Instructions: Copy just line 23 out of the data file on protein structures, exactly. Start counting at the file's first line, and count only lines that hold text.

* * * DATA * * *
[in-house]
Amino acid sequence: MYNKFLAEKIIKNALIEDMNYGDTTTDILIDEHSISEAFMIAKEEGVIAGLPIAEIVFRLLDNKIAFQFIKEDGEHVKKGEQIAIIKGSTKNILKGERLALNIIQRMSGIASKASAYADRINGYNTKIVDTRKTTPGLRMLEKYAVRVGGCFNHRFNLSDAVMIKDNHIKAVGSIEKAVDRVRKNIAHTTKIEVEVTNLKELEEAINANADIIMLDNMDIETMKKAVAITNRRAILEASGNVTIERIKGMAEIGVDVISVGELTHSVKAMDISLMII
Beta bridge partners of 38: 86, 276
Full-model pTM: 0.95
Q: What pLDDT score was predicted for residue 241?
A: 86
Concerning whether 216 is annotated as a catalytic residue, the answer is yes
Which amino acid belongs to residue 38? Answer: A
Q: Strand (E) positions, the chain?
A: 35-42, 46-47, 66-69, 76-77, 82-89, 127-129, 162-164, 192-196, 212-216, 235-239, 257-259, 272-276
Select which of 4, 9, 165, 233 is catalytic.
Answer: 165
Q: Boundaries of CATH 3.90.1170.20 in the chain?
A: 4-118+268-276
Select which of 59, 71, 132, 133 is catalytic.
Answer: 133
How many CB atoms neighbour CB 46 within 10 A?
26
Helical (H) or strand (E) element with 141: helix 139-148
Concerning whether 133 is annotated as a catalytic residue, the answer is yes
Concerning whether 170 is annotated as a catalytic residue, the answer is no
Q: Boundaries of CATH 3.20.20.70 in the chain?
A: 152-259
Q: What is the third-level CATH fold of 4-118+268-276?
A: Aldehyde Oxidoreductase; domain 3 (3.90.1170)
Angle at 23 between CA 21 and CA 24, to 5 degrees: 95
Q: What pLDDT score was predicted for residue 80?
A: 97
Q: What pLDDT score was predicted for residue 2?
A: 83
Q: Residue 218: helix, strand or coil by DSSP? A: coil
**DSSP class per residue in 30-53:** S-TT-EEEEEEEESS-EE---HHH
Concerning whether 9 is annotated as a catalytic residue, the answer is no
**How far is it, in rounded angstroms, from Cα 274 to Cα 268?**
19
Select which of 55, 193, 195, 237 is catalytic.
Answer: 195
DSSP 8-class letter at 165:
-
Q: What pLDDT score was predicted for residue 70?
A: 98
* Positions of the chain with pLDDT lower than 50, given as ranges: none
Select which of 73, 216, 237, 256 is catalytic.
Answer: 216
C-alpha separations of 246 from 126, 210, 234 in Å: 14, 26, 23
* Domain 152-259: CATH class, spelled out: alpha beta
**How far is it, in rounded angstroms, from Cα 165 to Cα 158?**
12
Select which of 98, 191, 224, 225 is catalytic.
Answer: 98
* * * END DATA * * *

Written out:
A: 152-259